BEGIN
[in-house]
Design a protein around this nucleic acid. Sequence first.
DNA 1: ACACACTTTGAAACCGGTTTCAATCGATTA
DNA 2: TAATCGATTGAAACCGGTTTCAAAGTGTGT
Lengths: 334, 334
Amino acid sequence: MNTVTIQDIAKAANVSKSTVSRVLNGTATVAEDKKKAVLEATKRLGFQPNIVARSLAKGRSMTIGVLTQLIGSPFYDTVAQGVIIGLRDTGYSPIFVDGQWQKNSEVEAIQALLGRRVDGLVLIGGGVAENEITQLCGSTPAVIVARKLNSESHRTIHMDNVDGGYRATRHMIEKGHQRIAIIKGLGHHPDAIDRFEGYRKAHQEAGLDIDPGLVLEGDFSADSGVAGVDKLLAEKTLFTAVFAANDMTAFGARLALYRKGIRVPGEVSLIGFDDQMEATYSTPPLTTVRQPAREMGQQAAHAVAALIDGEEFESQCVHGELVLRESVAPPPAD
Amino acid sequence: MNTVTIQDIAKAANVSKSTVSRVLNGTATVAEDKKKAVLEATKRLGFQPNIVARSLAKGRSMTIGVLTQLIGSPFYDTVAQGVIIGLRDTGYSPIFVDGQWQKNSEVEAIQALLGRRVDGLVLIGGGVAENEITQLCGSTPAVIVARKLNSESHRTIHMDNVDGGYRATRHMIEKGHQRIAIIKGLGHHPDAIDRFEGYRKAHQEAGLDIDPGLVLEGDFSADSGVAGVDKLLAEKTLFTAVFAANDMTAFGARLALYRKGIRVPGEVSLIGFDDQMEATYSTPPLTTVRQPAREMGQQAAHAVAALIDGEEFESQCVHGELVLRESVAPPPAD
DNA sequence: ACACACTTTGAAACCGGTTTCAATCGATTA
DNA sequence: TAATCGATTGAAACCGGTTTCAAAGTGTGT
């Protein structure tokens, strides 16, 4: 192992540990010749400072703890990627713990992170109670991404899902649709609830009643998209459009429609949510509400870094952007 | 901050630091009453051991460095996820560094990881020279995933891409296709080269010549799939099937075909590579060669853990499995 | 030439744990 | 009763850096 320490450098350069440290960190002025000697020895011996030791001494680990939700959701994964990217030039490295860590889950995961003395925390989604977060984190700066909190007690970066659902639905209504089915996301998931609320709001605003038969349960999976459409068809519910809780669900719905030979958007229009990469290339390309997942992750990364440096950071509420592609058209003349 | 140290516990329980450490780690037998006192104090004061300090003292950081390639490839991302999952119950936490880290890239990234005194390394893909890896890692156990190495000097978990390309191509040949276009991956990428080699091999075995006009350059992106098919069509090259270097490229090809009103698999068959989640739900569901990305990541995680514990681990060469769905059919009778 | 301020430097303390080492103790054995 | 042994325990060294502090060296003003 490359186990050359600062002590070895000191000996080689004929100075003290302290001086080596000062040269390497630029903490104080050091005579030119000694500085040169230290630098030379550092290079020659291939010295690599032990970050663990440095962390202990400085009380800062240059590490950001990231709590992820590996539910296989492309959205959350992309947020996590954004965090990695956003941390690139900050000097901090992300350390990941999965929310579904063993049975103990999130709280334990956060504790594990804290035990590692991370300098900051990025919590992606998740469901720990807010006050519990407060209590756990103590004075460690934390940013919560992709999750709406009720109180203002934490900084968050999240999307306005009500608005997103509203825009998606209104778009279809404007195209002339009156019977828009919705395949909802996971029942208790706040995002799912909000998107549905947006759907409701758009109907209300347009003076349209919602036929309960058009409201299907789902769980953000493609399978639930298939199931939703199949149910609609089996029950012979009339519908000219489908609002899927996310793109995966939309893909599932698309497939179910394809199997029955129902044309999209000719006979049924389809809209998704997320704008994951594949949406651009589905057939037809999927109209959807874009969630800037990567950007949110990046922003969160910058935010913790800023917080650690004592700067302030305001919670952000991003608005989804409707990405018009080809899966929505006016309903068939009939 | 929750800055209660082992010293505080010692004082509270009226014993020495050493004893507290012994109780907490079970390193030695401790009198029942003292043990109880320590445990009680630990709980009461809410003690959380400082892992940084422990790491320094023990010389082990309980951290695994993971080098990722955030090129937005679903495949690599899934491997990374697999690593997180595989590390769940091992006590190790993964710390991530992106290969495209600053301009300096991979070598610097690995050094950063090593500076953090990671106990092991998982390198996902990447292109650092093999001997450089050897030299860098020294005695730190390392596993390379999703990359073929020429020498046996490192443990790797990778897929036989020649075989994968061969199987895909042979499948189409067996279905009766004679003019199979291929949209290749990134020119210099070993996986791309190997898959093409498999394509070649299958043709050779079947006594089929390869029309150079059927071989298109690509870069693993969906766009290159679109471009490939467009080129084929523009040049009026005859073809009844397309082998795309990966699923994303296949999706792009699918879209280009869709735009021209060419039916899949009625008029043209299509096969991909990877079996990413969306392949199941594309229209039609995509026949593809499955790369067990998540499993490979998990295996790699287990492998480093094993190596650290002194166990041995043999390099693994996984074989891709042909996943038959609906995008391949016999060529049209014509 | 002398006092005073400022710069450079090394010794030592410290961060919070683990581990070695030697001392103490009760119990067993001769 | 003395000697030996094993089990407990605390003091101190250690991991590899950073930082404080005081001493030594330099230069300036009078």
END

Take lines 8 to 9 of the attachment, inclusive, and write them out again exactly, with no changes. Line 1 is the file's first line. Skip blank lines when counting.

DNA sequence: ACACACTTTGAAACCGGTTTCAATCGATTA
DNA sequence: TAATCGATTGAAACCGGTTTCAAAGTGTGT